We give thanks to the Lord because he has chosen us from the beginning to be His friends. And today, after years of discernment, we have arrived at this new chapter in your pilgrimage. All of us in the Diocese of El Paso are joyful because in you we are able to see the love of the God. In your diaconia we are challenged to live our own. Therefore we all give glory to Christ, our friend and our Saving Lord!




“Go Out to All the World!”

“When they found him, they said to him, ‘Everyone is searching for you.’  He answered, ‘Let us go one to the neighboring towns, so that I may proclaim the message there also; for that is what I came out to do.’”  (Mk. 1:37-38)

Jesus took the same approach with his disciples when he sent them out, instructing them to travel lightly so they could be free to bring his word wherever they were needed.  In my life moving to different assignments was always a challenge, because as a priest I came to feel very much a part of the community I served.  On the other hand I also found this movement to be a very rich time in my own understanding of my calling and my commitment to it.  Jesus calls the rich young man to lay aside his other attachments and concerns and to “Come and follow me.”  This is a call that echoes through the ages and continues among us today.  Priests are called to be radically committed disciples of Jesus Christ who reflect his way of life and ministry.

By the time you read this a number of new assignment for priests in our Diocese will have been announced.  If your pastor is among those moving I am sure this will be painful for you who have come to know and love your pastor over a number of years.  In this Diocese many priests have been left in their parishes for a long time and so when they are moved it can seem almost like a punishment.  Some will conclude it is simply change for the sake of change.

I can assure you that the regular movement of priests within a diocese is neither a punishment nor is it simply for the sake of change.  This is a normal part of priestly ministry.   Like the first disciples we do not claim a specific place as our own.  Diocesan Priests are Ordained for the service of a particular diocese, not for a particular parish.  We each bring certain gifts and talents.  We also have very human shortcomings.  Some priests are very effective with the youth, others with the elderly.  Some are more effective with one culture or language group than another.  Regular movement allows for those gifts and talents to be shared more broadly and for the weaknesses only to be experienced for a time by the community.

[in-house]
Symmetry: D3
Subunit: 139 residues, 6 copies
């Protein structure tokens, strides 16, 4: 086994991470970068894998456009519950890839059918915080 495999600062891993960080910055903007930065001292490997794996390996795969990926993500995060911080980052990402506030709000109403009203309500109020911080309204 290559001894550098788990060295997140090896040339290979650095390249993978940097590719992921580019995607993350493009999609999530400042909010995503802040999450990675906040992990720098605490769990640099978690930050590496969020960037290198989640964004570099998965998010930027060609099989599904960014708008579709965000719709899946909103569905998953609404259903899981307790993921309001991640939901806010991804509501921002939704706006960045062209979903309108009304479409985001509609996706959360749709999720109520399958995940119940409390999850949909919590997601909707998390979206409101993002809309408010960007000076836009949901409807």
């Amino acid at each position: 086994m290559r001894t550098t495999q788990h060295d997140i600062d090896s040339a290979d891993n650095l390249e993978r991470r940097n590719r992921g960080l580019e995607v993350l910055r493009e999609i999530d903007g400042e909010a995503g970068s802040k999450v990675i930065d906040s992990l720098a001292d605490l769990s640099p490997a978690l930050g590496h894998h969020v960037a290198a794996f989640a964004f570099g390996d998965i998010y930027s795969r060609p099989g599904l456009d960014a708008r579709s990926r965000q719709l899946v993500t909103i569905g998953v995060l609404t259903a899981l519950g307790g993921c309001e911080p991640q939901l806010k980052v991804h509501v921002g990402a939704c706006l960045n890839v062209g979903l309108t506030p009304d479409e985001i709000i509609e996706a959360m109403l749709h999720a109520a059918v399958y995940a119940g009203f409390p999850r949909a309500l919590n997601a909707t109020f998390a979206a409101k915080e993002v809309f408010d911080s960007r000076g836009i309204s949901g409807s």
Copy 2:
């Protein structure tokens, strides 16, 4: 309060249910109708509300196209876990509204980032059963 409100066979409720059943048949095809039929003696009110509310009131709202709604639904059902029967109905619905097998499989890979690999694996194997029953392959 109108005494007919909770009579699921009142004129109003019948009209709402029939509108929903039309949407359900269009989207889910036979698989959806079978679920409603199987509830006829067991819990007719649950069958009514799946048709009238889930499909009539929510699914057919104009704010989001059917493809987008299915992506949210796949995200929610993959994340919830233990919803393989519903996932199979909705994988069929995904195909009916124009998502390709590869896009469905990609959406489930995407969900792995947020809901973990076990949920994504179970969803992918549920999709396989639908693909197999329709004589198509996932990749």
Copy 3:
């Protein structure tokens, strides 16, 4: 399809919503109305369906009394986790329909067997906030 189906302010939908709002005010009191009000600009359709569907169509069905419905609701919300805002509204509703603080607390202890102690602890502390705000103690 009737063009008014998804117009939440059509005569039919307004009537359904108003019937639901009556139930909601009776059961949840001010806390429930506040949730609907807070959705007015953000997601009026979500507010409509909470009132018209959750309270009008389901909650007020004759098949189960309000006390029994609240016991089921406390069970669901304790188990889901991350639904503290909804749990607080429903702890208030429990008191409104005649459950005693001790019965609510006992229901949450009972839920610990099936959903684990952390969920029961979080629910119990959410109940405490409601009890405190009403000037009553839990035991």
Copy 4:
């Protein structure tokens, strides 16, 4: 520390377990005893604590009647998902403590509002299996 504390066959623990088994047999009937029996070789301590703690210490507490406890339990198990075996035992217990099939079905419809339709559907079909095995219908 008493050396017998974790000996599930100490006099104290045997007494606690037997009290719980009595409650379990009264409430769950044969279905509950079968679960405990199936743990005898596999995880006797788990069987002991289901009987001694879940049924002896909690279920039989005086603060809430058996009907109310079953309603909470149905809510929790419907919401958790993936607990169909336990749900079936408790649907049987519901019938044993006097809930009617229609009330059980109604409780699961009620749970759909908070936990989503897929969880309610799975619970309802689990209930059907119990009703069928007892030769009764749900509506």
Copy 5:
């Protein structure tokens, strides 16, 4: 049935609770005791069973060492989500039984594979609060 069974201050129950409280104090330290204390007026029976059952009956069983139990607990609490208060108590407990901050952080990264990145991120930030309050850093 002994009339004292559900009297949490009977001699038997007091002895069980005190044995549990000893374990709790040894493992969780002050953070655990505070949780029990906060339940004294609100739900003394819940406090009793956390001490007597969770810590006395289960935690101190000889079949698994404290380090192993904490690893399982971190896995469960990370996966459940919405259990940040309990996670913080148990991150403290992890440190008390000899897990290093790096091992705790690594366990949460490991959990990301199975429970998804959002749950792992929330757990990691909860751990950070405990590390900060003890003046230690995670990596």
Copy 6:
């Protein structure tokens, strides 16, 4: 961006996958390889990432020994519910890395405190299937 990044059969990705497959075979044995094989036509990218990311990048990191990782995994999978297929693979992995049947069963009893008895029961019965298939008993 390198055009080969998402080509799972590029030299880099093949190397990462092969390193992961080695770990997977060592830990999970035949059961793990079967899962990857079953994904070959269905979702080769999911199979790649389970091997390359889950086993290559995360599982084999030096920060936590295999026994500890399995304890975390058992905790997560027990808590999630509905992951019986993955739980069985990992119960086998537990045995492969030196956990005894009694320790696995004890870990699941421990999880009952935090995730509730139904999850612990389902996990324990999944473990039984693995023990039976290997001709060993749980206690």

When a priest is in one place for too long a time, since he is a key sign of Christ within the community, the people can overly identify Christ with the individual priest.  No one priest can represent Christ in his fullness.  Each Christian community is a special locus of Christ.  It is not healthy for it to be seen simply as “Fr. Jones’ Parish”.  It needs to be identified as the “Parish of St. ________, served by Fr. Jones”.  When Fr. Jones moves to another parish the community retains its identity and its mission.

I am not attempting to do this work of giving priests new assignments on my own.  I have formed a personnel board made up of well-respected priests of the diocese.  They are: Msgr. David Fierro, Fr. John Telles, Fr. Frank Lopez, Fr. Saul Pacheco, Fr. Joe Molina and Fr. Tony Celino.  I am working with them to find the best ways to fill the needs that lie before us.  And we are praying earnestly to the Holy Spirit for guidance.  At least for the short term we are also seeking priests from other places who may be able to assist us.  Our need for Vocations coming from our own communities for the future is great.